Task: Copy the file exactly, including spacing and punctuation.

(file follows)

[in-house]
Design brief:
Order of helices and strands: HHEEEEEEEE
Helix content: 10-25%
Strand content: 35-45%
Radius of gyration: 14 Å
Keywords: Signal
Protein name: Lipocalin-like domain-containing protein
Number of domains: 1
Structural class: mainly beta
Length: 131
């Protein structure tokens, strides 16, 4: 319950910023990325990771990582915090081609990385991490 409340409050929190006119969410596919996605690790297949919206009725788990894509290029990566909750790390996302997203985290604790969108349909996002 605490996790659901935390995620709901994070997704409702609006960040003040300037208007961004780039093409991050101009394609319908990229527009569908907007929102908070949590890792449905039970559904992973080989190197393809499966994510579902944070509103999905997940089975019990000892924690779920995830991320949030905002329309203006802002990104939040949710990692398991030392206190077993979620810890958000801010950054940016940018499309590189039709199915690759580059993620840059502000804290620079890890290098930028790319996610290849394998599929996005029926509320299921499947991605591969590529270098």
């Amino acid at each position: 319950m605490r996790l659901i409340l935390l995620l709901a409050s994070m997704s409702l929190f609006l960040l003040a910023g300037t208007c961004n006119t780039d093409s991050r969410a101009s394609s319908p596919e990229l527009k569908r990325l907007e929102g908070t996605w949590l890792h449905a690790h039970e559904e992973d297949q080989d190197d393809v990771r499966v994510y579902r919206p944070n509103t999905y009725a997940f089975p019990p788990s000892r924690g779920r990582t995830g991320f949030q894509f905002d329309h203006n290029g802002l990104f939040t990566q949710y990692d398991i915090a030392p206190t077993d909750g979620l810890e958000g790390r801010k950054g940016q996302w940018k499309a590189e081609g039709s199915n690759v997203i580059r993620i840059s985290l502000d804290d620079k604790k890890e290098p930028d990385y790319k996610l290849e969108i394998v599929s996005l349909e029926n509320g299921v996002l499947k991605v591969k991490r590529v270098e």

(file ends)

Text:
[in-house]
Design brief:
Order of helices and strands: HHEEEEEEEE
Helix content: 10-25%
Strand content: 35-45%
Radius of gyration: 14 Å
Keywords: Signal
Protein name: Lipocalin-like domain-containing protein
Number of domains: 1
Structural class: mainly beta
Length: 131
């Protein structure tokens, strides 16, 4: 319950910023990325990771990582915090081609990385991490 409340409050929190006119969410596919996605690790297949919206009725788990894509290029990566909750790390996302997203985290604790969108349909996002 605490996790659901935390995620709901994070997704409702609006960040003040300037208007961004780039093409991050101009394609319908990229527009569908907007929102908070949590890792449905039970559904992973080989190197393809499966994510579902944070509103999905997940089975019990000892924690779920995830991320949030905002329309203006802002990104939040949710990692398991030392206190077993979620810890958000801010950054940016940018499309590189039709199915690759580059993620840059502000804290620079890890290098930028790319996610290849394998599929996005029926509320299921499947991605591969590529270098």
């Amino acid at each position: 319950m605490r996790l659901i409340l935390l995620l709901a409050s994070m997704s409702l929190f609006l960040l003040a910023g300037t208007c961004n006119t780039d093409s991050r969410a101009s394609s319908p596919e990229l527009k569908r990325l907007e929102g908070t996605w949590l890792h449905a690790h039970e559904e992973d297949q080989d190197d393809v990771r499966v994510y579902r919206p944070n509103t999905y009725a997940f089975p019990p788990s000892r924690g779920r990582t995830g991320f949030q894509f905002d329309h203006n290029g802002l990104f939040t990566q949710y990692d398991i915090a030392p206190t077993d909750g979620l810890e958000g790390r801010k950054g940016q996302w940018k499309a590189e081609g039709s199915n690759v997203i580059r993620i840059s985290l502000d804290d620079k604790k890890e290098p930028d990385y790319k996610l290849e969108i394998v599929s996005l349909e029926n509320g299921v996002l499947k991605v591969k991490r590529v270098e």